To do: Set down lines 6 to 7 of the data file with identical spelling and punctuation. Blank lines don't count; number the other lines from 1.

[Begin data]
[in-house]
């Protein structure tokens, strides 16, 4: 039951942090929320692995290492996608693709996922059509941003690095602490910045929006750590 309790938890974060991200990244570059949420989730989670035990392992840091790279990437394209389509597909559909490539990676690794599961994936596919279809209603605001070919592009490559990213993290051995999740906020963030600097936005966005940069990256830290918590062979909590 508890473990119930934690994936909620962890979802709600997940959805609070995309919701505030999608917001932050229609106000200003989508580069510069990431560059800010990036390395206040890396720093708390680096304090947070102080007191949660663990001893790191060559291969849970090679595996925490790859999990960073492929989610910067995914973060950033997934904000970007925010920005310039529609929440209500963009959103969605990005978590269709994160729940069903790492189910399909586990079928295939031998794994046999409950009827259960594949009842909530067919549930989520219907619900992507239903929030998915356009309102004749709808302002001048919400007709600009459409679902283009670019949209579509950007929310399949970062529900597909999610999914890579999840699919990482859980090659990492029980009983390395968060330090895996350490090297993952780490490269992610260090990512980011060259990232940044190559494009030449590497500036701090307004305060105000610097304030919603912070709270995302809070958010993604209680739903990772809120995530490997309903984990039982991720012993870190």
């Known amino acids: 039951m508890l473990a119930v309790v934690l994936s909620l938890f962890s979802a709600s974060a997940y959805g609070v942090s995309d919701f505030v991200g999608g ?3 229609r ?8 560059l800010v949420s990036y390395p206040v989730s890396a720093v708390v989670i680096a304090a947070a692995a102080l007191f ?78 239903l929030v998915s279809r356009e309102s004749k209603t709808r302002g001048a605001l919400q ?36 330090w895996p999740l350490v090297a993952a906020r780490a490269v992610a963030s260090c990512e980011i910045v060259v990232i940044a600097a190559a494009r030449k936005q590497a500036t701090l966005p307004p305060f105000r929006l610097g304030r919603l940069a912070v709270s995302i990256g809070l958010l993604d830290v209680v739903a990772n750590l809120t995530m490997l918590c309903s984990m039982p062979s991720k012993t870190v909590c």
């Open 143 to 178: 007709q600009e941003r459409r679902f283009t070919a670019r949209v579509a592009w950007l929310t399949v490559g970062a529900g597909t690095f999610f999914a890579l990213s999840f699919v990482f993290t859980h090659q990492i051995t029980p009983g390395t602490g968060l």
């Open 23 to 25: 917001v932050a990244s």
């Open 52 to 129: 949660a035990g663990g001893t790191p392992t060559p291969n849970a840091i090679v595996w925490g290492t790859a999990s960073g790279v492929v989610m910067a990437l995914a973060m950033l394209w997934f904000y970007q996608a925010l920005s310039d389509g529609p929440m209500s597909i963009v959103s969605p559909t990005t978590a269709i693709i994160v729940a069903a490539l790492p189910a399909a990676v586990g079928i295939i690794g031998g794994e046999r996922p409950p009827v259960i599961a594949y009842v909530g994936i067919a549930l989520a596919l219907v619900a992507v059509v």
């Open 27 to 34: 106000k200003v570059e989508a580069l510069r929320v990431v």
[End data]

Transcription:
């Open 52 to 129: 949660a035990g663990g001893t790191p392992t060559p291969n849970a840091i090679v595996w925490g290492t790859a999990s960073g790279v492929v989610m910067a990437l995914a973060m950033l394209w997934f904000y970007q996608a925010l920005s310039d389509g529609p929440m209500s597909i963009v959103s969605p559909t990005t978590a269709i693709i994160v729940a069903a490539l790492p189910a399909a990676v586990g079928i295939i690794g031998g794994e046999r996922p409950p009827v259960i599961a594949y009842v909530g994936i067919a549930l989520a596919l219907v619900a992507v059509v």
């Open 27 to 34: 106000k200003v570059e989508a580069l510069r929320v990431v």